Water, Food, Energy, Climate Change Nexus

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Prioritizing Great Lakes Protection in Key Discussions about Our Shared Future

The Great Lakes hold one-fifth of the earth’s fresh surface water. More than 35 million people rely on the Great Lakes for drinking water, jobs, and a way of life. Yet all too often protecting our water is not part of the equation when leaders make key decisions about our energy choices, food systems, and climate security.

Citizens and leaders alike are searching for viable long-term policies and principles that improve and protect these waters, particularly as the demand for water for drinking, growing food, and generating energy is expected to double worldwide by 2050.

FLOW is elevating water as a key consideration in the decisions and plans that communities, states, provinces, and the private sector make concerning energy, food, and climate resilience in the Great Lakes Basin. We believe current and future leaders will make smarter plans and investments in energy supplies, transportation and land use, climate resilience, and environmental protection when water frames the conversation and is protected as a shared resource.

Boats going through an algae bloom on Lake Erie near Toledo, Ohio.

Widespread blooms of toxic algae from agricultural and municipal phosphorous runoff into Lake Erie left 400,000 people without clean water.

For a real-life lesson about what happens when water is not part of the discussion, recall Toledo, Ohio, in the the summer of 2014, when widespread blooms of toxic algae from agricultural and municipal phosphorous runoff into Lake Erie left 400,000 people without water for drinking, cooking, or bathing.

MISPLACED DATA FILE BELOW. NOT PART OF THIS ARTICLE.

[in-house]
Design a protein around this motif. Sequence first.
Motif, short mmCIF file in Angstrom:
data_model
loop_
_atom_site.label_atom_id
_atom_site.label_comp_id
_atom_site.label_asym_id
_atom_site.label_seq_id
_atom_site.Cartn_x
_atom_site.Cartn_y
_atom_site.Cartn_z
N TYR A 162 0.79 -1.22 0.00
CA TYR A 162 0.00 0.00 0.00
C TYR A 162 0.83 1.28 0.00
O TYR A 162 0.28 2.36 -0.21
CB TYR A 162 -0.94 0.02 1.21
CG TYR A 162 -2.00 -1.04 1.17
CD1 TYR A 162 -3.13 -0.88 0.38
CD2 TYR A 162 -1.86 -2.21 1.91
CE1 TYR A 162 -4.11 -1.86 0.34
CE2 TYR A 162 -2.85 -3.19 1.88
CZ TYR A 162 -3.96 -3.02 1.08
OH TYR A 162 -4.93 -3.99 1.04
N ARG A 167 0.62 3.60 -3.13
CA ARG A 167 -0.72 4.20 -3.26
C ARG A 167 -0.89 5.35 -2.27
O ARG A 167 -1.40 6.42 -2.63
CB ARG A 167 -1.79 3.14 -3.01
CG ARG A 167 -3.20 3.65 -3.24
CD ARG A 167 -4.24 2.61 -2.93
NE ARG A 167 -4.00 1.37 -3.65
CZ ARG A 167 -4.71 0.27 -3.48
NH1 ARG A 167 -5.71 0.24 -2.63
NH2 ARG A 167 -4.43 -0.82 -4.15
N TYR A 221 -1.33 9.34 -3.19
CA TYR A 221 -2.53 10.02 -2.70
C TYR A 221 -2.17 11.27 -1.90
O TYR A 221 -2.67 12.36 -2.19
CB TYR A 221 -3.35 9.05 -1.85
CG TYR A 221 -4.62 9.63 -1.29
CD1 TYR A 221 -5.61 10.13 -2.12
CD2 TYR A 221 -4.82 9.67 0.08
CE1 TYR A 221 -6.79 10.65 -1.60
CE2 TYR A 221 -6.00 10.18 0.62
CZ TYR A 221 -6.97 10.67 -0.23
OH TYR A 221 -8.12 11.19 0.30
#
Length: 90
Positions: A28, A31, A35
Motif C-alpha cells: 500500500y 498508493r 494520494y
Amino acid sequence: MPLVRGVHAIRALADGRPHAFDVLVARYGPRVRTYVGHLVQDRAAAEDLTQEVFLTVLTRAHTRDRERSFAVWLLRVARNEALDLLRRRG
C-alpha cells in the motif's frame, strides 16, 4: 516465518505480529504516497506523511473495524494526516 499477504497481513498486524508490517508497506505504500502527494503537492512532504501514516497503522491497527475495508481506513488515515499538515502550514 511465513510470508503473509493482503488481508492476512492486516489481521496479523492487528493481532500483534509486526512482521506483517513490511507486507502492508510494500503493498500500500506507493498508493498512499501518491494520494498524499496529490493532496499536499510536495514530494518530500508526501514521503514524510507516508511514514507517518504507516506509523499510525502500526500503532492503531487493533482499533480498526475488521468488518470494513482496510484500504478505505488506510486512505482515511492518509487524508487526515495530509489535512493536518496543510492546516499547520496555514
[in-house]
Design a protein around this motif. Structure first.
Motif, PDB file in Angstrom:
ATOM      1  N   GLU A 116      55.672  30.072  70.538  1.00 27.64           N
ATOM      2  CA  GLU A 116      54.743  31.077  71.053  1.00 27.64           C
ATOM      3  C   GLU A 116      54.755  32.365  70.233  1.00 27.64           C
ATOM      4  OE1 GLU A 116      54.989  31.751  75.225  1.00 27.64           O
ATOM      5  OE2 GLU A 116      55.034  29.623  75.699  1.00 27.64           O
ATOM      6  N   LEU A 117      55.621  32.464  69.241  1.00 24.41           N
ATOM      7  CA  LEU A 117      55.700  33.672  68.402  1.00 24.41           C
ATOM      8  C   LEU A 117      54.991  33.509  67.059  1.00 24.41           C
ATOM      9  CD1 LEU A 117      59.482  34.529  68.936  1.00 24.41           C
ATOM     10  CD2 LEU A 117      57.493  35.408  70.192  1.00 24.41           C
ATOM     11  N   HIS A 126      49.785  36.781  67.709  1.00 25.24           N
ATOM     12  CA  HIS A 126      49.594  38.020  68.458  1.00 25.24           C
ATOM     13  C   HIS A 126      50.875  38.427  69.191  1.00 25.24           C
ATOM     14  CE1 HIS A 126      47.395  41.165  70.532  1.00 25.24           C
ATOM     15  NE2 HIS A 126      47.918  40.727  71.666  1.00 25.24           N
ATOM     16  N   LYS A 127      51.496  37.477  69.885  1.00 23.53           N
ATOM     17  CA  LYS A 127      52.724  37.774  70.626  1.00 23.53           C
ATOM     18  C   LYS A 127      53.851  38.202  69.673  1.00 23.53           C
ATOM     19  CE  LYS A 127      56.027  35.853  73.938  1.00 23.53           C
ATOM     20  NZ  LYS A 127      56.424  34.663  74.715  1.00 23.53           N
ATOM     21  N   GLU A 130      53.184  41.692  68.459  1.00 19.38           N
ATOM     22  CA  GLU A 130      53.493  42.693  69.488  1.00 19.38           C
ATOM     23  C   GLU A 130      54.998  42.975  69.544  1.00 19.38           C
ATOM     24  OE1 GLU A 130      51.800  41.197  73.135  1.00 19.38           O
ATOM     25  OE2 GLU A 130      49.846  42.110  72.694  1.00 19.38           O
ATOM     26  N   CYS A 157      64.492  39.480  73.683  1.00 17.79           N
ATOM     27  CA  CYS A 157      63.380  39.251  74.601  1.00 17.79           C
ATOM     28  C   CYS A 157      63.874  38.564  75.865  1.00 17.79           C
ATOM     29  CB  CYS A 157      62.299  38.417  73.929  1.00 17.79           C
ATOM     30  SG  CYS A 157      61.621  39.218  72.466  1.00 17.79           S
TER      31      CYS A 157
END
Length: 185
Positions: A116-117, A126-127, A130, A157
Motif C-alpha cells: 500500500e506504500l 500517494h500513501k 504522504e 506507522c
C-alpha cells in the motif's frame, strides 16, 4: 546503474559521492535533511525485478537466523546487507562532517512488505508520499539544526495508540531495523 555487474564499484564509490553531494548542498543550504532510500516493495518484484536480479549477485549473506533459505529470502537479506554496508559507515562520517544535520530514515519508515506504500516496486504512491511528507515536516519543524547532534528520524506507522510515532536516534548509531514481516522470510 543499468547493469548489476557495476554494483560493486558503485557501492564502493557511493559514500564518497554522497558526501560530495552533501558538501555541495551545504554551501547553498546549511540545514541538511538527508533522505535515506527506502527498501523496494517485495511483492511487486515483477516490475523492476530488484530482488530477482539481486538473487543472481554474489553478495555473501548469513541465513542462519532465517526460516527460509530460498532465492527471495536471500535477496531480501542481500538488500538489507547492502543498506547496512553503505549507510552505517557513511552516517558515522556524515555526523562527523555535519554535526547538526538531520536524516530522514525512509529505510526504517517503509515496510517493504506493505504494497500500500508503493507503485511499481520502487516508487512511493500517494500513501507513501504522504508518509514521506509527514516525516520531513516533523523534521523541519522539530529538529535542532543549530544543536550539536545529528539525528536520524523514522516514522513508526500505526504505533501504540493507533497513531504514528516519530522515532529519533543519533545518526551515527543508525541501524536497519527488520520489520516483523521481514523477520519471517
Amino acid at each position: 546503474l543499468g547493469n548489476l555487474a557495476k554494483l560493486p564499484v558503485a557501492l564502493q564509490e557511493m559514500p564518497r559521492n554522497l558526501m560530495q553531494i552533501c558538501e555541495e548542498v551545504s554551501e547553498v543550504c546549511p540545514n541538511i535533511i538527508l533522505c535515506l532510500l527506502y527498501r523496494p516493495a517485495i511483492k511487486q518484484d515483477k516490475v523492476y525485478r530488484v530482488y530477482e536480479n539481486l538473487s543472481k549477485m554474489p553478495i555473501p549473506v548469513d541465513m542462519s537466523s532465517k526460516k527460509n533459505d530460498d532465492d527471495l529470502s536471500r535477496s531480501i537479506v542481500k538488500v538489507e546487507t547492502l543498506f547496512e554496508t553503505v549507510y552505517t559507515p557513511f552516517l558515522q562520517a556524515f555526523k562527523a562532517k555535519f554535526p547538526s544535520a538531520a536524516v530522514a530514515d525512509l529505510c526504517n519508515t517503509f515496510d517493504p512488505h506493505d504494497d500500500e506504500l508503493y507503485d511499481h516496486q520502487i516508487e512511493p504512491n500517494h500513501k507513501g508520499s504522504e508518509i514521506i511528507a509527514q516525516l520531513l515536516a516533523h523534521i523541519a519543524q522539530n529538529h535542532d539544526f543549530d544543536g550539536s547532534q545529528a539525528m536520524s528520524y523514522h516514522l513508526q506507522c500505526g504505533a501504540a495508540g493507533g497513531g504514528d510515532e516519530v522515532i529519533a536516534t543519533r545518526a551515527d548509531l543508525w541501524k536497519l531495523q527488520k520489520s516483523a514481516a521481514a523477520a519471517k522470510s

Poor urban planning and weak farm regulation failed to consider and protect the freshwater supply, while starkly revealing the limits of our legal framework to deal with pollution from “nonpoint” or diffuse sources.

 

Advocacy and Education That is Making a Difference

FLOW’s strategy is to share these ideas of the commons and water as the nexus among energy, food, and climate change decisions with citizens, business leaders, and officials through policy papers, presentations, conferences, and curricula. In a short time, our approach has started to penetrate; for example, some of our recent successes include:

  1. Local Environmental Protection: Persuading the International Joint Commission to adopt our public trust legal framework as one of its 16 final recommendations to address Lake Erie’s harmful algal blooms.

  2. Education Reform: Partnering with the Freshwater Studies Institute at Northwestern Michigan College to offer a first-of-its-kind freshwater policy curriculum as part of the school’s science program. We aim to inspire and shape the critical thinking of the next generation of leaders regarding the defining role of the commons and public trust principles in natural resource management and water as the nexus in guiding energy-food-climate change decisions and policies.

  3. National Environmental Protection: Convincing the International Joint Commission to recommend that "states and provinces consider developing, harmonizing, and implementing a binational public trust framework as a backstop to the Agreement and Compact” protecting the Great Lakes.

 

 

Help Us Protect the Great Lakes